Routers, NAS and phones hacked in Pwn2Own competition

Security researchers gathered in Austin, Texas, this week for yet another Pwn2Own hacking competition, racking up more than $1 million in rewards for their exploit demonstrations.

The latest edition of the iconic hacking contest has seen a specific focus on network-attached storage (NAS) boxes as well as routers, with mobile phones and printers also on the menu.

Among the more popular targets at the competition was the Cisco RV340 router, which was subjected to nine successful or “collision” attacks that used previously known flaws, with one more attempt failing to execute. Researchers were able to break into the networking appliance using both known and unknown security vulnerabilities.

Also popular with hacker contestants was the Western Digital My Cloud Pro Series PR4100 NAS box. The storage device was the subject of nine successful or collision hacks.

Topping the contest was the team from security firm Synactiv, who managed to rack up $197,500 in payouts and 20 “Master of Pwn” points.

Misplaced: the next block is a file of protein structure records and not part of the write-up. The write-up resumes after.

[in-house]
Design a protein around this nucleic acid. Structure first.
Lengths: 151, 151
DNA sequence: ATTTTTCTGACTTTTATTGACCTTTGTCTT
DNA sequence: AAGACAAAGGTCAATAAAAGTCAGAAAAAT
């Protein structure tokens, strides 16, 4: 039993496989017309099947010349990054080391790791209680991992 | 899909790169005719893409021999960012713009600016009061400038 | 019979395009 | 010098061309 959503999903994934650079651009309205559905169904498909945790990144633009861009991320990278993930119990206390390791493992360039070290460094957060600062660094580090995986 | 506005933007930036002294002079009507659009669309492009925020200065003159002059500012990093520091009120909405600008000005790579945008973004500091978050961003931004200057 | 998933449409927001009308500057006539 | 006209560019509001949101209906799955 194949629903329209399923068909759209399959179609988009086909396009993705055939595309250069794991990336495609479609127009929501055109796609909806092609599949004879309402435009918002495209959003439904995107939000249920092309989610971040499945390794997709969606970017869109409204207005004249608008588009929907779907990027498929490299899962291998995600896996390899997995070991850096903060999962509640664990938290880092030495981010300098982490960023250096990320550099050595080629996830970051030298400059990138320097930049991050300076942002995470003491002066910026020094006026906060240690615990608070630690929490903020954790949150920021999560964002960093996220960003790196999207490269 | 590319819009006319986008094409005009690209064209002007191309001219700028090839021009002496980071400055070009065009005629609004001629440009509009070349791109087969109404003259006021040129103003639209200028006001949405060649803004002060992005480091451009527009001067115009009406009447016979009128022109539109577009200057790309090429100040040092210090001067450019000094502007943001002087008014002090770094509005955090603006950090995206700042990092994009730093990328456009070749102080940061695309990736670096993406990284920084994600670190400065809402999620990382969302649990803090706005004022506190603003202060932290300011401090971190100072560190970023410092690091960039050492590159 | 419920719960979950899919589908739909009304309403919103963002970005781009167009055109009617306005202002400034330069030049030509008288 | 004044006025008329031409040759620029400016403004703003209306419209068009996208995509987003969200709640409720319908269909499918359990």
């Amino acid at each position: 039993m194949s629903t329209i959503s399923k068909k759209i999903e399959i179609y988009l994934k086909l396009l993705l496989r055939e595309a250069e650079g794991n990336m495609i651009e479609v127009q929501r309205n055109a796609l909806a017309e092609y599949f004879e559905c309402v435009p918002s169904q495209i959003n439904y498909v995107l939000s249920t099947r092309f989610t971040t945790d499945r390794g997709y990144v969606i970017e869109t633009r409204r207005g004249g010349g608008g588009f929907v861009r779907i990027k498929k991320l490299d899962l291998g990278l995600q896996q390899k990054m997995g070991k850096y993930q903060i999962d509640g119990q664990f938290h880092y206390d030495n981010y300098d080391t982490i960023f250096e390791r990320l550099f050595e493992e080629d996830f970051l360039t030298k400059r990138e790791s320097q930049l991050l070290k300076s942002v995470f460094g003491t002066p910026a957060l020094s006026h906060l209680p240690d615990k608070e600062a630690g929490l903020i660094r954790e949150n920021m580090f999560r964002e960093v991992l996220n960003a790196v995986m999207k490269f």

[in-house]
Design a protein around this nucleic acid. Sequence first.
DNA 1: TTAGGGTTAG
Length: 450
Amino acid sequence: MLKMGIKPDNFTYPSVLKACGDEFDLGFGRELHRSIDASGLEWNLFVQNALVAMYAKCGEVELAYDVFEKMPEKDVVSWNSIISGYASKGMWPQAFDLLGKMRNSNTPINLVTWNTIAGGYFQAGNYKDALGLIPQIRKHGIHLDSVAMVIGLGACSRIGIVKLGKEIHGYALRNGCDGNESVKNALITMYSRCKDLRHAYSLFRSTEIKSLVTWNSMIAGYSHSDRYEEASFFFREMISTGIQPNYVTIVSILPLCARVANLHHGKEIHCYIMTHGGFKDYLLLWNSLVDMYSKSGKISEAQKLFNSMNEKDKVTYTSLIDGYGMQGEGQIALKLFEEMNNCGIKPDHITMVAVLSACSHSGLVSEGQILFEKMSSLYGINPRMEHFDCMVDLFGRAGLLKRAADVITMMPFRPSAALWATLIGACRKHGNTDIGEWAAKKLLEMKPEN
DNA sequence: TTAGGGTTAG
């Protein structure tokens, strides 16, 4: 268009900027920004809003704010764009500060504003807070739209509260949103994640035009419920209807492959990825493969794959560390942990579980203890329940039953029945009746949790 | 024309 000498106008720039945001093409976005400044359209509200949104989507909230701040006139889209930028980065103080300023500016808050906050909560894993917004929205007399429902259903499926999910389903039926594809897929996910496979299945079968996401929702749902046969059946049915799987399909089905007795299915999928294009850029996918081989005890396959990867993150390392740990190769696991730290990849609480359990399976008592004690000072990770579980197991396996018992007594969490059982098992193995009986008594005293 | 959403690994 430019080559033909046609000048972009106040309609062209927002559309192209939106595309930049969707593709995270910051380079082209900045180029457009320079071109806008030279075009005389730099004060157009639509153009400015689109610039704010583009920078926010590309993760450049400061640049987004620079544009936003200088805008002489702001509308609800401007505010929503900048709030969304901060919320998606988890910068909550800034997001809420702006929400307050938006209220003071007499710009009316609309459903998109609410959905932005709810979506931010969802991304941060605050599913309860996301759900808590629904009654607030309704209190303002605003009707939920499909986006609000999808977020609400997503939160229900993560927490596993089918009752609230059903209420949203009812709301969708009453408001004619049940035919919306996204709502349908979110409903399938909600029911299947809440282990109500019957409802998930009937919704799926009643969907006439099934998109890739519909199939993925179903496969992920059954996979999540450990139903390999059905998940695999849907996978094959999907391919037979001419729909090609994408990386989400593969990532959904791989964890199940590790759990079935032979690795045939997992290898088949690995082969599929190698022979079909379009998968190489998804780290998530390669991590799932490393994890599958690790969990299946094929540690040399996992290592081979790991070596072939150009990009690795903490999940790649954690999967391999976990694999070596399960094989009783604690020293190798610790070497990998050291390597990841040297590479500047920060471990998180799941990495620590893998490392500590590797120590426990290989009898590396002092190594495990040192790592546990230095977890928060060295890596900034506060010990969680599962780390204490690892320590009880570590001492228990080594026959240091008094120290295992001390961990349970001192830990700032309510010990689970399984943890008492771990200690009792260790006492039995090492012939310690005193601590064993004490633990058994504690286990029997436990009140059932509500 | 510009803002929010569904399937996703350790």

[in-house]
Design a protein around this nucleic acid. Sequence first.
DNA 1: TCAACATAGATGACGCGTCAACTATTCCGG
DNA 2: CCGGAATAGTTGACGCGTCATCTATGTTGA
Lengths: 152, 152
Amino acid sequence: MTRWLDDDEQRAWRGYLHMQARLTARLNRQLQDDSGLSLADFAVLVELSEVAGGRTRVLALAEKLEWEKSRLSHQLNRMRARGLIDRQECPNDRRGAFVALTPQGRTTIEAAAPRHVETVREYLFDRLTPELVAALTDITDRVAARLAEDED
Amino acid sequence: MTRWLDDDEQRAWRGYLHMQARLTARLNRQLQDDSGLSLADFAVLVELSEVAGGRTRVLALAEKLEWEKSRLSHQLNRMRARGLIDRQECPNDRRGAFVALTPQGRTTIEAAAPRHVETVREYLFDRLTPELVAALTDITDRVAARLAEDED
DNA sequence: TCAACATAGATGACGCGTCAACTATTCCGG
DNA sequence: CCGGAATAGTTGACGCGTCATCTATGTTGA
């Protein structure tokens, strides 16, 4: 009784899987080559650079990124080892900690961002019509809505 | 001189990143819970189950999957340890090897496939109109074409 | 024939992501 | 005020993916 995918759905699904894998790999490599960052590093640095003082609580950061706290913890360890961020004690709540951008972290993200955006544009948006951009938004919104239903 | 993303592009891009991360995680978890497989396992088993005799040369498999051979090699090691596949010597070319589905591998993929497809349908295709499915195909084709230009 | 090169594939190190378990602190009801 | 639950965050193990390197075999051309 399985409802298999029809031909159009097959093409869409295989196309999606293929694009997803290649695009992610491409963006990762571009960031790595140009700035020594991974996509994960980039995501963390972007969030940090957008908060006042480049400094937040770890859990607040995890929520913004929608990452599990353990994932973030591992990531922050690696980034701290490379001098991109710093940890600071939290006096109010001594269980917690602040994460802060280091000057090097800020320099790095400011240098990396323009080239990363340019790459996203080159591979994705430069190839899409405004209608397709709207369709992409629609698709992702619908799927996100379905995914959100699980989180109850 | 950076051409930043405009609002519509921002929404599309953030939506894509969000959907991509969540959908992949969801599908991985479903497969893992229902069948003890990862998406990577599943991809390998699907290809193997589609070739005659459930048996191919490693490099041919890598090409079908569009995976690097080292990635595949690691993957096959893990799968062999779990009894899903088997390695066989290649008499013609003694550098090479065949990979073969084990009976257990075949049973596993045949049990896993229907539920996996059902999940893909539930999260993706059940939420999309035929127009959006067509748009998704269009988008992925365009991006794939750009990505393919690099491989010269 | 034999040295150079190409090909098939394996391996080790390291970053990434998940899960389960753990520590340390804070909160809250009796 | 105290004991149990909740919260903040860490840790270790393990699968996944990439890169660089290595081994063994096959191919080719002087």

Second in the rankings was the Devcore trio of researchers Orange Tsai, Angelboy and Meh Chang, who showed off six successful attacks and claimed a total of $180,000.

The achievement continued a busy year for Orange Tsai in particular. In late 2020, they discovered and reported the ProxyLogon flaws in Microsoft Exchange Server, which were exploited by nation-state hackers prior to being patched. In August, the researcher took to the stage at Black Hat 2021 to discuss their discovery of ProxyShell Exchange bugs, which had been disclosed and patched in April.

Printers were also targeted in the event. Ten different entries were launched against either the Canon ImageCLASS MF644Cdw or Lexmark MC3224i. The ZDI noted that when researchers from Synactiv demonstrated a heap overflow attack against the MF644Cdw, it marked the first successful printer hack in the competition’s history.

The contest ended on Friday with researchers from NullRiver successfully exploiting two flaws in the Netgear R6700v3 router. The ZDI says that it paid out $1,081,250 in rewards over the four-day competition and received 60 new zero-day vulnerabilities.

Not every device put in the crosshairs has been successfully…